The Houston Chronicle revealed this week that based on 6,600 rape kits from the 1980s to today, there are 850 hits in the FBI’s nationwide database of DNA profiles, marking a major step in the city’s $6 million effort to address the backlog, officials announced Monday. There are 29 new charges against sexual predators filed because of the backlog. The kits hadn’t been look at since 2013 and were finally used for investigation purposes when a $4.4 million funded lab was approved for the kits to be processed in.
It’s a delayed, but an imperative step forward in finding and arresting the correct individuals perpetuating sexual assaults and rapes, though officials have admitted some hazy areas. Due to lost time, some of the kits are roughly thirty-years old. Out of the 29 cases, six are allegedly rapists since their genetic coding was already in the index for other crimes.
Still, cops and scientists in the area are determined to get through the backlog and bring justice to these incidents. As Annise Parker told the Houston Chronicle, “It is significant that the city of Houston is among the first cities in the country to completely eliminate its backlog of untested sexual assault kits.”
District Attorney Devon Anderson added, “[These assaults did] happen unfortunately. We are eagerly looking forward to prosecuting those rapists, those repeat rapists.”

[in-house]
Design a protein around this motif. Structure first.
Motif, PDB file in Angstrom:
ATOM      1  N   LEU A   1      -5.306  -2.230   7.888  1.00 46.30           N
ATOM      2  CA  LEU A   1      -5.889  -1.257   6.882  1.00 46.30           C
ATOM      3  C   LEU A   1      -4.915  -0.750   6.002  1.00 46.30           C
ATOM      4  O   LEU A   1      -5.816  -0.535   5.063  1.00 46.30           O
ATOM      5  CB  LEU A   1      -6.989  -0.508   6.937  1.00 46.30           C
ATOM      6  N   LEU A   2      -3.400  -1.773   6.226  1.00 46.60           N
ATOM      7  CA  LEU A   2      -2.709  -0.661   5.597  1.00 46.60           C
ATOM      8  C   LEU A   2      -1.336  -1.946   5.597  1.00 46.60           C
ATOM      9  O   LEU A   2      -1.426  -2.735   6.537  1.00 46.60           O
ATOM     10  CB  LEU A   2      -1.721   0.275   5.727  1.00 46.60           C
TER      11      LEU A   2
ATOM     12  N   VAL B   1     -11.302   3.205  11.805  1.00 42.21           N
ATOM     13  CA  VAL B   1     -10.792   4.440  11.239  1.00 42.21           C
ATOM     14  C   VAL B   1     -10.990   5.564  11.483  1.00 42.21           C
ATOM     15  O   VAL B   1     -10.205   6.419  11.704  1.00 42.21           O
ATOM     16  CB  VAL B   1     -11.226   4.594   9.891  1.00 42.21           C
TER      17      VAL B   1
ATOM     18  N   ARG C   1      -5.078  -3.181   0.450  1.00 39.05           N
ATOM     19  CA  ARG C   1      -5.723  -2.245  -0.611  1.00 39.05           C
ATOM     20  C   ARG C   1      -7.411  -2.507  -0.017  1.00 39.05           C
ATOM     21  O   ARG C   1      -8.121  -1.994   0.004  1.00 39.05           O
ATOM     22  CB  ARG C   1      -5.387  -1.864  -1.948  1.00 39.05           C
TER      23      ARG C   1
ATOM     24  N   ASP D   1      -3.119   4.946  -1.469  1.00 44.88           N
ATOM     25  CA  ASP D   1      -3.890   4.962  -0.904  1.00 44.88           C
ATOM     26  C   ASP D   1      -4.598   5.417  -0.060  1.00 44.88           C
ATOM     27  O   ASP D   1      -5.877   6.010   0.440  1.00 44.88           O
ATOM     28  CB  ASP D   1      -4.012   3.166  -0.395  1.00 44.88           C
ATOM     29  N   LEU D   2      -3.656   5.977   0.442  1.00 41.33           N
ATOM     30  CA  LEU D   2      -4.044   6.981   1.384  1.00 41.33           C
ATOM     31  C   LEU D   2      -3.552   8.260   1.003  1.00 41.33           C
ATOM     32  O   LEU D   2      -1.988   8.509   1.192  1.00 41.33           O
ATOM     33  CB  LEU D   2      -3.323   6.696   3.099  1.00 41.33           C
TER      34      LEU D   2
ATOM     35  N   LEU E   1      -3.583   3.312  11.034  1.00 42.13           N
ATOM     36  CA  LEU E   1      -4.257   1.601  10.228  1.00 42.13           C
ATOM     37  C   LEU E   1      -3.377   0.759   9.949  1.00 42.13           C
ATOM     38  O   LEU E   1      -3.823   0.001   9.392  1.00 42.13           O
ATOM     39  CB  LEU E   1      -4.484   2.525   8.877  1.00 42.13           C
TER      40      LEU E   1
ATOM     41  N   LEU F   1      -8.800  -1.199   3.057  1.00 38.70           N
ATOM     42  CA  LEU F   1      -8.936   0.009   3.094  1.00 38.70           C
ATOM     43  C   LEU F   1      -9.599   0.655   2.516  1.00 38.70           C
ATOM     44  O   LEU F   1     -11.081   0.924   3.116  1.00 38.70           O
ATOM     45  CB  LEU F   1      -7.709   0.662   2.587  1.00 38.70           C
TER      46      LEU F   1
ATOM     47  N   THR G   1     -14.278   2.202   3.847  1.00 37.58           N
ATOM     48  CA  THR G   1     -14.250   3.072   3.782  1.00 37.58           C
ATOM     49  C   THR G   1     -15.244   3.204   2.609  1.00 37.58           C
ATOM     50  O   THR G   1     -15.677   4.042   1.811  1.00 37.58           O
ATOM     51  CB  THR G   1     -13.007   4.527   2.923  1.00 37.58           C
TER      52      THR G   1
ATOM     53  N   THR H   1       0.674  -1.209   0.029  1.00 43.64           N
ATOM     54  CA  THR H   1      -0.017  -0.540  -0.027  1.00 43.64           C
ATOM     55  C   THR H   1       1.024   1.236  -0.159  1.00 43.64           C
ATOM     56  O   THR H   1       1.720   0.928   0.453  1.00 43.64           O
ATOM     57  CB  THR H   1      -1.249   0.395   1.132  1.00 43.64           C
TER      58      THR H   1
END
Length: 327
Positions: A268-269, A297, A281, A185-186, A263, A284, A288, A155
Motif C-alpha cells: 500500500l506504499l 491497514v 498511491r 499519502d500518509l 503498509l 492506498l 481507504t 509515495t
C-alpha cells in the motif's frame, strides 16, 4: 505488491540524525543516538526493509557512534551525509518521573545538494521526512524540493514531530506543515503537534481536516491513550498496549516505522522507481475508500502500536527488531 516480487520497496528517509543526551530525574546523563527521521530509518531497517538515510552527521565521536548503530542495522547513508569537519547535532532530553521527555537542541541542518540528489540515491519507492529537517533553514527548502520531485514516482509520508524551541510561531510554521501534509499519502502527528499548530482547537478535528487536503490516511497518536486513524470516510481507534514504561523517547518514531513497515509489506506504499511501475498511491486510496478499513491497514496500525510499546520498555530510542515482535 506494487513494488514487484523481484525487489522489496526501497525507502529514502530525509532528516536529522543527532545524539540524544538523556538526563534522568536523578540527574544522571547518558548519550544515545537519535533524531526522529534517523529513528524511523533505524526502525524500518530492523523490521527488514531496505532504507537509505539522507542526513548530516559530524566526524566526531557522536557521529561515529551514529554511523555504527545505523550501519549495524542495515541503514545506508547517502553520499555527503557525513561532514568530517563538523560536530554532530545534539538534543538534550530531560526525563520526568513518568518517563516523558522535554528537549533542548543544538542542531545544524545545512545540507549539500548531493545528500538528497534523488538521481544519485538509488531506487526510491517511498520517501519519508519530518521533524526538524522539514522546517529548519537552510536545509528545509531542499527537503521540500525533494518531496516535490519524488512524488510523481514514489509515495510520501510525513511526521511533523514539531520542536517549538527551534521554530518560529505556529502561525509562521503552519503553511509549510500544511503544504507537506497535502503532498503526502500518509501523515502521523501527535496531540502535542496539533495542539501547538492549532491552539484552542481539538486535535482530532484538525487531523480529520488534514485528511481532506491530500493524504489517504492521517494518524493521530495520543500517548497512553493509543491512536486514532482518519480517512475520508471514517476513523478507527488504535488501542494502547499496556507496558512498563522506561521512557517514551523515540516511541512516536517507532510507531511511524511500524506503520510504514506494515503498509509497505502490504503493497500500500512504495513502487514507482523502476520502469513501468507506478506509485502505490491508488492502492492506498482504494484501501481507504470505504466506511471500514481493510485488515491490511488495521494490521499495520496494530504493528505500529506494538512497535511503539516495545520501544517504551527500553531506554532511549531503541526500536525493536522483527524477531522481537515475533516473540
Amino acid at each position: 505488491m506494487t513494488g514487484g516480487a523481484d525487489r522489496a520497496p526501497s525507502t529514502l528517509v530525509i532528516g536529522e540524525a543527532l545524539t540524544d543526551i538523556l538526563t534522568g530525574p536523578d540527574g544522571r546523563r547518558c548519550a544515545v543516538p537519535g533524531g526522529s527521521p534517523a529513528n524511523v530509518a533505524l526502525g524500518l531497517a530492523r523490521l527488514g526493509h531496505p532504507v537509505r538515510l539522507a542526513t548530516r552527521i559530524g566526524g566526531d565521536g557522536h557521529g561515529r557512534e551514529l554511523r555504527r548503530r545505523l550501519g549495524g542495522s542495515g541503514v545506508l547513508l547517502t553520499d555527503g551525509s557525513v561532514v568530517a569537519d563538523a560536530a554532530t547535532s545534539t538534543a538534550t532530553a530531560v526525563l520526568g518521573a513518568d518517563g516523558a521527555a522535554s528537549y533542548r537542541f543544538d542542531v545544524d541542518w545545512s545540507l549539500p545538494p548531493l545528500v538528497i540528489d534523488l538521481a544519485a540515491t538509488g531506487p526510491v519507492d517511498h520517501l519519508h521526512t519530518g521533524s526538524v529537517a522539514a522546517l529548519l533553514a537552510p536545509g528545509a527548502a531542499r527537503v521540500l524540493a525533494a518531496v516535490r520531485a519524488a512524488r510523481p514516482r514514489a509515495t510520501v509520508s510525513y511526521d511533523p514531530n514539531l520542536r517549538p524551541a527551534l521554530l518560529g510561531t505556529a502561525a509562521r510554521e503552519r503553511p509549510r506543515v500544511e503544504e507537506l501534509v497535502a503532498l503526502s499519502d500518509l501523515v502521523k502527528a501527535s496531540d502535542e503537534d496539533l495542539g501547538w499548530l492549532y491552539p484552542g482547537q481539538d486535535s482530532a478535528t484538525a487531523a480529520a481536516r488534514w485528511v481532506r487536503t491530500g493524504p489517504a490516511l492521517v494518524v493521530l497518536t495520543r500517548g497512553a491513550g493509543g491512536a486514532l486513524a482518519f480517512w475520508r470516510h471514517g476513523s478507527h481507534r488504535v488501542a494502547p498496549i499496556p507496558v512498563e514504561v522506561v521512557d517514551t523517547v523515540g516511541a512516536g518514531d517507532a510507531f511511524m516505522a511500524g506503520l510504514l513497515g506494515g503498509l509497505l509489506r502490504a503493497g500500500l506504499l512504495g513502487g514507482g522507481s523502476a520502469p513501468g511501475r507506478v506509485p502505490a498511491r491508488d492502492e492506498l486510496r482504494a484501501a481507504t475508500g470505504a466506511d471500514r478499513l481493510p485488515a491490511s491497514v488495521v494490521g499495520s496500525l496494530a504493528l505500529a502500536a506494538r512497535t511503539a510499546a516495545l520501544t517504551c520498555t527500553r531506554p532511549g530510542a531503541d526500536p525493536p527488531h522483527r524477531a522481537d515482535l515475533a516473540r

With news of this development coming out, more cities and towns should follow Houston’s lead. Kits going years without analyzing is not uncommon as Mic reported that Los Angeles, Detroit, Memphis along other U.S. cities currently have the same issues of backlogging. Mic obtained a statistic from RAINN‘s (the Rape, Abuse and Incest National Network) Vice President Rebecca O’Connor that this unearthing has occurred because the kits “[were not] analyzed due to a policy decision and [others were] misplaced or otherwise unintentionally forgotten.” That may be true, but because they numbers of are so huge, the campaign End the Backlog was initiated with the Joyful Heart Foundation. Law & Order actress Mariska Hargitay is one of its founders.
It may feel as if wounds are re-opened with the kits just now being looked through, but Houston just wants to do the right thing and we rather all American cities start now than wait another thirty years to start digging. This is a huge move in support of women who are victims of rape.